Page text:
Q&A about North Carolina and the Obama health plan

Published on NewsOK Modified: January 28, 2013 at 3:21 pm •  Published: January 28, 2013


Q: How many people are currently served by Medicaid and how many more will be served if North Carolina chooses to expand coverage through the program?

A: More than 1.5 million people in North Carolina currently receive health care paid by Medicaid. About 648,000 more state residents with low incomes who currently lack insurance would be eligible for Medicaid coverage if North Carolina chooses to expand the program. About 525,000 of those people would enroll in Medicaid or North Carolina's child health insurance program in 2014, according to the state Division of Medical Assistance.


Q: How many small businesses are likely to take advantage of the health insurance offered on a North Carolina exchange?

A: Of the estimated 715,000 North Carolinians expected to buy health insurance coverage through a state exchange beginning in 2014, about 51,000 people are expected to be covered by small businesses purchasing insurance for employees and their dependents, according to the Milliman study.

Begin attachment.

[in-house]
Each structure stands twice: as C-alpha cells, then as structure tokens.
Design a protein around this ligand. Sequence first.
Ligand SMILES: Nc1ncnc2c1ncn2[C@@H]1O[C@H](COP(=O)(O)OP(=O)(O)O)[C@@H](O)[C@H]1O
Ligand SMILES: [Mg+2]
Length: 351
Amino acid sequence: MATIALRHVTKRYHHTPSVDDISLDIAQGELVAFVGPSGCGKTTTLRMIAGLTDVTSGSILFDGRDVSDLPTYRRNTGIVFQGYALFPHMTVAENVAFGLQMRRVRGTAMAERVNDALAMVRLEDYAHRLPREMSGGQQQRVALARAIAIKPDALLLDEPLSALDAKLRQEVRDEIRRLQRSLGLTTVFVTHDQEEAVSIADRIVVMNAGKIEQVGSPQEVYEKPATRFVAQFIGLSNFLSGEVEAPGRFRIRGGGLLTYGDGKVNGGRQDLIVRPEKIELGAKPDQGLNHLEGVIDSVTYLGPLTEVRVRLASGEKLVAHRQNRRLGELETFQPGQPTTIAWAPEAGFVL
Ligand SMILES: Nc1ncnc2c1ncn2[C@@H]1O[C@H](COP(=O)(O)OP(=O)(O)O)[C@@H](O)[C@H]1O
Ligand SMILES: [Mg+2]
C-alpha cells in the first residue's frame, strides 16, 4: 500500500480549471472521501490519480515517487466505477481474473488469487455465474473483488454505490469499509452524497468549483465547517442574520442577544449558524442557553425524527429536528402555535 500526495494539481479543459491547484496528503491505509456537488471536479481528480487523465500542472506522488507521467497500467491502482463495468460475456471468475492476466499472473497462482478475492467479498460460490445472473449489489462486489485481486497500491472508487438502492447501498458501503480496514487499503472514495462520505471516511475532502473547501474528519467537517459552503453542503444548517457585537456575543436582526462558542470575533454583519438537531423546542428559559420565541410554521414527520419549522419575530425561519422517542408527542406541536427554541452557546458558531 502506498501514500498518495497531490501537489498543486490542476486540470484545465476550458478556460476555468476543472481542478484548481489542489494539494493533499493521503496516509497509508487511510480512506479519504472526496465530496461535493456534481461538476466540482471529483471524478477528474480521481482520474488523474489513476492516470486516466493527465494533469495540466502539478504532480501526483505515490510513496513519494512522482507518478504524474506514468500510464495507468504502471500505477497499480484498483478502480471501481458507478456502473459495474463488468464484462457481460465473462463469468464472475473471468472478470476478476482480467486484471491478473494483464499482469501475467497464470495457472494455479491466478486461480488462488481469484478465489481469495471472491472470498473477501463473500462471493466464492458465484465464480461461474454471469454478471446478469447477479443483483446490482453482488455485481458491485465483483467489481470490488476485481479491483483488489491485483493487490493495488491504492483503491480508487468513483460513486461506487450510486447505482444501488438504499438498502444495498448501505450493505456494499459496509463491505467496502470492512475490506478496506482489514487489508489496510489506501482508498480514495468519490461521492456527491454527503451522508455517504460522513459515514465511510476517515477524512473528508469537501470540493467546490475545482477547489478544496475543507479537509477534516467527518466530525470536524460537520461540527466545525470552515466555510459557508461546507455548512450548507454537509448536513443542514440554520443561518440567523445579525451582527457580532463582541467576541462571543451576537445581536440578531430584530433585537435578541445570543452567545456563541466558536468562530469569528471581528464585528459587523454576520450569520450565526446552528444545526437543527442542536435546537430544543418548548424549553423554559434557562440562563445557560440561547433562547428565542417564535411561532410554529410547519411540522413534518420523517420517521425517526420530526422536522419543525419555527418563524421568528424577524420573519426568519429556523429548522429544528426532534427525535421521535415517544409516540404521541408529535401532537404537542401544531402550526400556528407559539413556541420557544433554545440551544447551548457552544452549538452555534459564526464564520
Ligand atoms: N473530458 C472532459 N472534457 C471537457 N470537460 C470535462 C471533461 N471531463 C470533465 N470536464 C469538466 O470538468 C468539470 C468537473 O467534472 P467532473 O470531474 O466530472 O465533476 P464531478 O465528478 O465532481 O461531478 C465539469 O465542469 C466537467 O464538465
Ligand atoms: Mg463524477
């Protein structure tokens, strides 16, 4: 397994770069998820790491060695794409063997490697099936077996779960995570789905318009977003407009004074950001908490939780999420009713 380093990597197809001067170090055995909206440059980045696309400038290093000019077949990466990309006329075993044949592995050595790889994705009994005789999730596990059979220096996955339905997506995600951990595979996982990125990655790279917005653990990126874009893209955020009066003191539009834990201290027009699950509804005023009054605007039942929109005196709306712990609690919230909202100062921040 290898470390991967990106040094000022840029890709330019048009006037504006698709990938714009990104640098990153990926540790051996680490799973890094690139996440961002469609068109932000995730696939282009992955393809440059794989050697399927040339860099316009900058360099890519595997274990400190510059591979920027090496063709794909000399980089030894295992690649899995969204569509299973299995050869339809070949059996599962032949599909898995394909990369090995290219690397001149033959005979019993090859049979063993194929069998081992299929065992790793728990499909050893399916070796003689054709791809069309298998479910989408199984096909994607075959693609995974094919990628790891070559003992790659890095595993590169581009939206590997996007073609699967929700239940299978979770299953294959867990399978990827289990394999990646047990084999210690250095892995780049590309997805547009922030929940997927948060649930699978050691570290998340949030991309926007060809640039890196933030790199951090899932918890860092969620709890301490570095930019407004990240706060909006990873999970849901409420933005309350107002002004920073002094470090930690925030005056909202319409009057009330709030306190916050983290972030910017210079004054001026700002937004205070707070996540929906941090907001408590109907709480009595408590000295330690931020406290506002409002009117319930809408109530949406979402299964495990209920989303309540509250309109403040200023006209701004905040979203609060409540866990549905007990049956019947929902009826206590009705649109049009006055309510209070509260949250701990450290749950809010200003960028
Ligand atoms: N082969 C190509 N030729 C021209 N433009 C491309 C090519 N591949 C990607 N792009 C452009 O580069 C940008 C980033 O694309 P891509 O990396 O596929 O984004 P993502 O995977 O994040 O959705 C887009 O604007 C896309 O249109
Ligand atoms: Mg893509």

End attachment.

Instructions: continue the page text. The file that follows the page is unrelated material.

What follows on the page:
Q: How much money has North Carolina received so far from the federal government to do the initial work in setting up an exchange?

A: North Carolina this month was awarded $74 million by the U.S. Department of Health and Human Services to keep working on the state's exchange, in addition to $13.4 million previously awarded to pay for planning, salaries and information systems.


Q: How many people will North Carolina's exchange employ and how much will it cost?

A: Reports from two consulting companies estimated that running North Carolina's exchange would cost about $25 million a year. One of the consultants reported in 2011, before the experience of early-adopter states and subsequent regulations, that about 110 workers would be needed to fulfill the exchange's functions if it were a stand-alone agency but fewer if it were made part of an existing state government department.